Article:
In other words, if the feds can do this, what can’t they do? (And, I would add, what does that mean for the 10th Amendment?

Ilya Somin, also at Volokh, noted that this wasn’t a partisan decision:

Significantly, Judge Frank Hull, a Clinton appointee has now become the first Democratic-appointed judge to vote to strike down the mandate, balancing Republican Sixth Circuit Judge Jeffrey Sutton who voted to uphold it. The decision further undermines claims that the individual mandate suit is a sure loser that goes against a supposed expert consensus that the mandate is clearly constitutional.

Jonathan Adler says “Hear, hear!

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An Impressive New Blog in Utah: the “Utah Political Summary”

Reading up on some of the local blogger commentary on HB 477 this morning, I ran into a blog I’d not seen before: the Utah Political Summary.

Written and published by local attorney Curt Bentley, the blog purports to provide a political commentary with dual purposes: “(1) to help people who want to know get informed about local politics despite the existence of these traditional barriers and a federal-focused media, and (2) to give me a place to vent intelligent commentary.” (Ignore for a moment the ironic placement of “vent” directly before “intelligent,” and just assume that such is possible…)

Although he’s an attorney, it is by no means a site intended for attorneys, or to provide a legal perspective on politics. That said, Bentley does a great job of integrating his legal training to enhance his analysis of policies and politics. A few examples:

On the Commerce Clause :

Although the exact extent of Congress’ authority under the Commerce Clause can be (and has been) debated ad naseum, I think we can safely say one thing: the Constitution’s drafters and ratifiers never intended for the Commerce Clause to give Congress a general legislative power like that enjoyed by the states. Constitutional lawyers refer to the general legislative authority of the states as the “Police Power,” or the power to legislate broadly for the health, safety, and welfare of the people. And if we interpret the Commerce Clause as authorizing Congress to legislate to require people to purchase health insurance, one can make a persuasive argument that we have just conferred on Congress the functional equivalent of a federal police power.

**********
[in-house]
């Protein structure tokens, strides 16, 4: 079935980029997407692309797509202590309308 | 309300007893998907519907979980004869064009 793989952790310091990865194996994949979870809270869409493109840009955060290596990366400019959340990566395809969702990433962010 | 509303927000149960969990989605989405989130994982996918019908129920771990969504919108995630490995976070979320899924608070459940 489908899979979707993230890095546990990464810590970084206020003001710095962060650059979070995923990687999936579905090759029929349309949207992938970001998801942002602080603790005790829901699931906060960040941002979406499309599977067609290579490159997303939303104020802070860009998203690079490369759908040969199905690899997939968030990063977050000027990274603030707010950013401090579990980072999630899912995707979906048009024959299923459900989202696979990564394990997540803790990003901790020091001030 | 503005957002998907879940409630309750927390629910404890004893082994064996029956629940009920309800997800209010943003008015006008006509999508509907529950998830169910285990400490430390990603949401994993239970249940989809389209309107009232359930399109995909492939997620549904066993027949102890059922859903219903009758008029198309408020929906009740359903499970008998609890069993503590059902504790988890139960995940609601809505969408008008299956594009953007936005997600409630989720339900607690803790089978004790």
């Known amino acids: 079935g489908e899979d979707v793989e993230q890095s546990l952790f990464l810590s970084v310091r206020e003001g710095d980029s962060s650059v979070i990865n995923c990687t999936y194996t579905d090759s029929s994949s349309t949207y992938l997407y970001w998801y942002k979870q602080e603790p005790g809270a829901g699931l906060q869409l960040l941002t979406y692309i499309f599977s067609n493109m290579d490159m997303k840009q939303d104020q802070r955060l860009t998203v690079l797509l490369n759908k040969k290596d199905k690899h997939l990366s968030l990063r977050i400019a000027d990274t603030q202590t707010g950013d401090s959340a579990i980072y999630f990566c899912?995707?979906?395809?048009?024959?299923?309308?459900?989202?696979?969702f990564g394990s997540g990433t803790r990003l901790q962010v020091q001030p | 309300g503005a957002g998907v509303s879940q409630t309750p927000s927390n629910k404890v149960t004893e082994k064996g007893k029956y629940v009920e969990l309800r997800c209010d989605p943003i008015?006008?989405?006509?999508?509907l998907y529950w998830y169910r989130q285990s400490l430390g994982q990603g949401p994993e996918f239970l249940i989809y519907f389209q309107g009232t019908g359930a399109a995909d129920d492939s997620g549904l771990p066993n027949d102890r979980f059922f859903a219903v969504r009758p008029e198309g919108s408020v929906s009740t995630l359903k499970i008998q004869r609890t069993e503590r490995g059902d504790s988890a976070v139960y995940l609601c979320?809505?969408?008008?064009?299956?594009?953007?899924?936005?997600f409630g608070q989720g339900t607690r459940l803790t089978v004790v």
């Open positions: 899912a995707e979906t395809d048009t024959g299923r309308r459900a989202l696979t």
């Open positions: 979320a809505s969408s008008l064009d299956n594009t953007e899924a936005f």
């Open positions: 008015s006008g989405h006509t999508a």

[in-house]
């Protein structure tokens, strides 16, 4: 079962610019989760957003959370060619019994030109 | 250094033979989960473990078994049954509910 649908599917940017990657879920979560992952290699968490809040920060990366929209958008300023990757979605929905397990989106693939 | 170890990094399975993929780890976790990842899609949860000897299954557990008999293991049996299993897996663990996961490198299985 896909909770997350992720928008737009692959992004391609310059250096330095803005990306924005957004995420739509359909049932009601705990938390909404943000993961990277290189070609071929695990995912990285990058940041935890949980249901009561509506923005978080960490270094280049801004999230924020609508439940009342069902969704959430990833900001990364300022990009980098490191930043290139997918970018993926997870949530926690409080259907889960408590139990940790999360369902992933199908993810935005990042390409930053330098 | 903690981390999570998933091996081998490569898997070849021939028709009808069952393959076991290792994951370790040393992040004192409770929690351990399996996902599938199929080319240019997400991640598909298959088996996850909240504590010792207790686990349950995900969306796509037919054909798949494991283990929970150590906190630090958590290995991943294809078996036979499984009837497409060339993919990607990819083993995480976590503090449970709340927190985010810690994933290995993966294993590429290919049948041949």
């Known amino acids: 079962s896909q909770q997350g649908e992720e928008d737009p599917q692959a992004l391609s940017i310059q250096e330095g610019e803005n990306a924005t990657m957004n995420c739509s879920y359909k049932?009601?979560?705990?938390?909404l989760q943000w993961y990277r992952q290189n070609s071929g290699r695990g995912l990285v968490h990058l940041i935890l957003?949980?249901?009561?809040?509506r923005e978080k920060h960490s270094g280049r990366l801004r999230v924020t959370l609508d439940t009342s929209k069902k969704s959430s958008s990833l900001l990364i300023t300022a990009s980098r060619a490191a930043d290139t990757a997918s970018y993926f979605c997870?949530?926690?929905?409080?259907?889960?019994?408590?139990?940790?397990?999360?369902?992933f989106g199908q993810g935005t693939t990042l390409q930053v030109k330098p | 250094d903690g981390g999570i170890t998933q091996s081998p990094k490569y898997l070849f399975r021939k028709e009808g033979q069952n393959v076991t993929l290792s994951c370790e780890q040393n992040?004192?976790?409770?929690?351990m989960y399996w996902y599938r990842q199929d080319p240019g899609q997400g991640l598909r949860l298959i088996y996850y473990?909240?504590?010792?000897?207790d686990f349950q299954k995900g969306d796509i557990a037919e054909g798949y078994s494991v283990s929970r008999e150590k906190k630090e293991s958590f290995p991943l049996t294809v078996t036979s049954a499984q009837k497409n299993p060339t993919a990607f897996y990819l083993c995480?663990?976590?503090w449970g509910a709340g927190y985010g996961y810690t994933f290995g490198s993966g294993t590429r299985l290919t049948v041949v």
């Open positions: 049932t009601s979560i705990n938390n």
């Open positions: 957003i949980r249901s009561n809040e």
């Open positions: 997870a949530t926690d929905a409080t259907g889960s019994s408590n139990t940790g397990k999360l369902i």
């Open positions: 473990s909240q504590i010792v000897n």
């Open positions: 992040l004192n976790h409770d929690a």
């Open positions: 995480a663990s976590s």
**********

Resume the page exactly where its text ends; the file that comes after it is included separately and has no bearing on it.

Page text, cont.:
On “American Exceptionalism”

In its original sense, American Exceptionalism refers to view that the developmental path taken by the United States of America (and its citizens) was, and is, objectively different from the developmental path taken by other countries and their citizens.  The concept has its roots in some obvious contrast between America and other nations, particularly  that fact that America was both republican in government and had a quasi-religious zeal for commerce.  People who subscribed to, or studied, the idea of American Exceptionalism, acknowledged only that America was different in significant ways from other countries and had a different developmental history — not that anything about that history was inherently superior.

And speaking of “exceptionalism,” Utah Political Summary is exceptionally well written and very readable, for layman and wonk alike. Thoughtful and articulate, Bentley’s style manages to walk the line between analysis and information without falling over into heavy rhetoric or ever spouting a party talking point. With so many blogs sounding more like trumpets for one political ideology or another and without any regard for reasoned analysis, Bentley’s voice is a fresh take on politics, and one you should consider adding to your reader.

(Just to be clear, I do not know Bentley and he has not asked me to write this to plug his site. I just like it that much.)

What is American Exceptionalism, Anyway? | Utah Political Summary.

The Commerce Clause, Federal Police Power, and Judicially-Enforced Federalism | Utah Political Summary.

The Commerce Clause argument in Virginia v. Sebelius, among others